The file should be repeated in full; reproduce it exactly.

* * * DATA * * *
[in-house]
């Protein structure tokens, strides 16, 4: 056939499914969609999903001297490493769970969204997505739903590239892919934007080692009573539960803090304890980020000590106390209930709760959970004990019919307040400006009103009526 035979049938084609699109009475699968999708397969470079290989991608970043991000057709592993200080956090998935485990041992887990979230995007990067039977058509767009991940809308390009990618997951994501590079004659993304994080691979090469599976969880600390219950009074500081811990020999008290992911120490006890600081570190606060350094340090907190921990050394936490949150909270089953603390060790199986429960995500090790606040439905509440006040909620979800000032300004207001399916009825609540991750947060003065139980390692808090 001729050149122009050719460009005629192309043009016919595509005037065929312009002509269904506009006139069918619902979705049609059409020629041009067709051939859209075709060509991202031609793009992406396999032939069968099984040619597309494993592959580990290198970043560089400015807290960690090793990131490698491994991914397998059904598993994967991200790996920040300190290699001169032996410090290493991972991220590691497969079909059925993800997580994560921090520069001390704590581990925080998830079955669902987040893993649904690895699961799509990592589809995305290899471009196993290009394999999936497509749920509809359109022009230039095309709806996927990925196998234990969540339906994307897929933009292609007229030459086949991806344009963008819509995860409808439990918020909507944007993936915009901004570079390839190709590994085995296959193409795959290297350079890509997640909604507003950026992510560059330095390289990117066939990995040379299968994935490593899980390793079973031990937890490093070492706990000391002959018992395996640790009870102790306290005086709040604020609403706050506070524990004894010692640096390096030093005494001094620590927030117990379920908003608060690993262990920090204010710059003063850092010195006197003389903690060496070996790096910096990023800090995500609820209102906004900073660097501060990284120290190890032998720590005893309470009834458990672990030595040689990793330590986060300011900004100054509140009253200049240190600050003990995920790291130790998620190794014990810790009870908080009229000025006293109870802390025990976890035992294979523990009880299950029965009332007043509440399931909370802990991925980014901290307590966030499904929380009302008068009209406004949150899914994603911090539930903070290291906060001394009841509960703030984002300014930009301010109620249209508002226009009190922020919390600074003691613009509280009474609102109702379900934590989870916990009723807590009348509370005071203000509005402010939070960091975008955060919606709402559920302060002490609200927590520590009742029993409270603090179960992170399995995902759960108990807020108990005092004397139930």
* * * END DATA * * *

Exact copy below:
[in-house]
């Protein structure tokens, strides 16, 4: 056939499914969609999903001297490493769970969204997505739903590239892919934007080692009573539960803090304890980020000590106390209930709760959970004990019919307040400006009103009526 035979049938084609699109009475699968999708397969470079290989991608970043991000057709592993200080956090998935485990041992887990979230995007990067039977058509767009991940809308390009990618997951994501590079004659993304994080691979090469599976969880600390219950009074500081811990020999008290992911120490006890600081570190606060350094340090907190921990050394936490949150909270089953603390060790199986429960995500090790606040439905509440006040909620979800000032300004207001399916009825609540991750947060003065139980390692808090 001729050149122009050719460009005629192309043009016919595509005037065929312009002509269904506009006139069918619902979705049609059409020629041009067709051939859209075709060509991202031609793009992406396999032939069968099984040619597309494993592959580990290198970043560089400015807290960690090793990131490698491994991914397998059904598993994967991200790996920040300190290699001169032996410090290493991972991220590691497969079909059925993800997580994560921090520069001390704590581990925080998830079955669902987040893993649904690895699961799509990592589809995305290899471009196993290009394999999936497509749920509809359109022009230039095309709806996927990925196998234990969540339906994307897929933009292609007229030459086949991806344009963008819509995860409808439990918020909507944007993936915009901004570079390839190709590994085995296959193409795959290297350079890509997640909604507003950026992510560059330095390289990117066939990995040379299968994935490593899980390793079973031990937890490093070492706990000391002959018992395996640790009870102790306290005086709040604020609403706050506070524990004894010692640096390096030093005494001094620590927030117990379920908003608060690993262990920090204010710059003063850092010195006197003389903690060496070996790096910096990023800090995500609820209102906004900073660097501060990284120290190890032998720590005893309470009834458990672990030595040689990793330590986060300011900004100054509140009253200049240190600050003990995920790291130790998620190794014990810790009870908080009229000025006293109870802390025990976890035992294979523990009880299950029965009332007043509440399931909370802990991925980014901290307590966030499904929380009302008068009209406004949150899914994603911090539930903070290291906060001394009841509960703030984002300014930009301010109620249209508002226009009190922020919390600074003691613009509280009474609102109702379900934590989870916990009723807590009348509370005071203000509005402010939070960091975008955060919606709402559920302060002490609200927590520590009742029993409270603090179960992170399995995902759960108990807020108990005092004397139930």